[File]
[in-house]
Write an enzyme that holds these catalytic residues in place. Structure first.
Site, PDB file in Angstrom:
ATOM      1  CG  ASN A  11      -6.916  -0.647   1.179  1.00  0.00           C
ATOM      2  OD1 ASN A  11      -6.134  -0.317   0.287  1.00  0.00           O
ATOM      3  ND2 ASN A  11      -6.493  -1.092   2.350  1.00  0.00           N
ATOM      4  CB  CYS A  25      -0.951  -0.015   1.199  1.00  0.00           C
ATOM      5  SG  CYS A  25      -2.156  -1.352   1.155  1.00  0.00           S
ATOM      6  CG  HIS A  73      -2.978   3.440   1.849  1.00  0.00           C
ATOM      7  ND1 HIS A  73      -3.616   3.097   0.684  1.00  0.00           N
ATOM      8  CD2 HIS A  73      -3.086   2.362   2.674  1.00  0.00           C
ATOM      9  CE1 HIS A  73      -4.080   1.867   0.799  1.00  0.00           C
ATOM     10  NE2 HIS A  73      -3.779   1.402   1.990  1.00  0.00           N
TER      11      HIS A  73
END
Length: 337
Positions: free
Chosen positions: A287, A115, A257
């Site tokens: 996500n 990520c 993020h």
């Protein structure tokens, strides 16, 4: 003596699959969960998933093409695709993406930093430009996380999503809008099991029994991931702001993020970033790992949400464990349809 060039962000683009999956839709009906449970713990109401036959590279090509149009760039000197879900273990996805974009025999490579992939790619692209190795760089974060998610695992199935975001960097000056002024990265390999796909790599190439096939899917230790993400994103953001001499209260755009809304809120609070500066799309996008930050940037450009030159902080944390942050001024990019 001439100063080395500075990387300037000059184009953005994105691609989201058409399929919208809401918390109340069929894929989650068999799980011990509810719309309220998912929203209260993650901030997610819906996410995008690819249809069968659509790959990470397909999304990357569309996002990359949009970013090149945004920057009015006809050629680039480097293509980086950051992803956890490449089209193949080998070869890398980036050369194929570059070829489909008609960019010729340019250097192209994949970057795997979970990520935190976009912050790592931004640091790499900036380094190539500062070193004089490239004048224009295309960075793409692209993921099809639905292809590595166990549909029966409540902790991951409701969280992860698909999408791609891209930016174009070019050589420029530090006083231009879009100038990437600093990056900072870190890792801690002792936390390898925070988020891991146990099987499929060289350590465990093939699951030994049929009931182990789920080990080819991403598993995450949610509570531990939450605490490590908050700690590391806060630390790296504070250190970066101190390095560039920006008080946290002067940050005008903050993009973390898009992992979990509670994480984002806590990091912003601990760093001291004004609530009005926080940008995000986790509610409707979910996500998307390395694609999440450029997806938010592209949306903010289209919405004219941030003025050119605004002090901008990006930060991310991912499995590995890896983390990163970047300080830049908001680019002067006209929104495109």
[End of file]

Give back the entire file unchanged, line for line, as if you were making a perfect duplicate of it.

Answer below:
[in-house]
Write an enzyme that holds these catalytic residues in place. Structure first.
Site, PDB file in Angstrom:
ATOM      1  CG  ASN A  11      -6.916  -0.647   1.179  1.00  0.00           C
ATOM      2  OD1 ASN A  11      -6.134  -0.317   0.287  1.00  0.00           O
ATOM      3  ND2 ASN A  11      -6.493  -1.092   2.350  1.00  0.00           N
ATOM      4  CB  CYS A  25      -0.951  -0.015   1.199  1.00  0.00           C
ATOM      5  SG  CYS A  25      -2.156  -1.352   1.155  1.00  0.00           S
ATOM      6  CG  HIS A  73      -2.978   3.440   1.849  1.00  0.00           C
ATOM      7  ND1 HIS A  73      -3.616   3.097   0.684  1.00  0.00           N
ATOM      8  CD2 HIS A  73      -3.086   2.362   2.674  1.00  0.00           C
ATOM      9  CE1 HIS A  73      -4.080   1.867   0.799  1.00  0.00           C
ATOM     10  NE2 HIS A  73      -3.779   1.402   1.990  1.00  0.00           N
TER      11      HIS A  73
END
Length: 337
Positions: free
Chosen positions: A287, A115, A257
């Site tokens: 996500n 990520c 993020h």
């Protein structure tokens, strides 16, 4: 003596699959969960998933093409695709993406930093430009996380999503809008099991029994991931702001993020970033790992949400464990349809 060039962000683009999956839709009906449970713990109401036959590279090509149009760039000197879900273990996805974009025999490579992939790619692209190795760089974060998610695992199935975001960097000056002024990265390999796909790599190439096939899917230790993400994103953001001499209260755009809304809120609070500066799309996008930050940037450009030159902080944390942050001024990019 001439100063080395500075990387300037000059184009953005994105691609989201058409399929919208809401918390109340069929894929989650068999799980011990509810719309309220998912929203209260993650901030997610819906996410995008690819249809069968659509790959990470397909999304990357569309996002990359949009970013090149945004920057009015006809050629680039480097293509980086950051992803956890490449089209193949080998070869890398980036050369194929570059070829489909008609960019010729340019250097192209994949970057795997979970990520935190976009912050790592931004640091790499900036380094190539500062070193004089490239004048224009295309960075793409692209993921099809639905292809590595166990549909029966409540902790991951409701969280992860698909999408791609891209930016174009070019050589420029530090006083231009879009100038990437600093990056900072870190890792801690002792936390390898925070988020891991146990099987499929060289350590465990093939699951030994049929009931182990789920080990080819991403598993995450949610509570531990939450605490490590908050700690590391806060630390790296504070250190970066101190390095560039920006008080946290002067940050005008903050993009973390898009992992979990509670994480984002806590990091912003601990760093001291004004609530009005926080940008995000986790509610409707979910996500998307390395694609999440450029997806938010592209949306903010289209919405004219941030003025050119605004002090901008990006930060991310991912499995590995890896983390990163970047300080830049908001680019002067006209929104495109």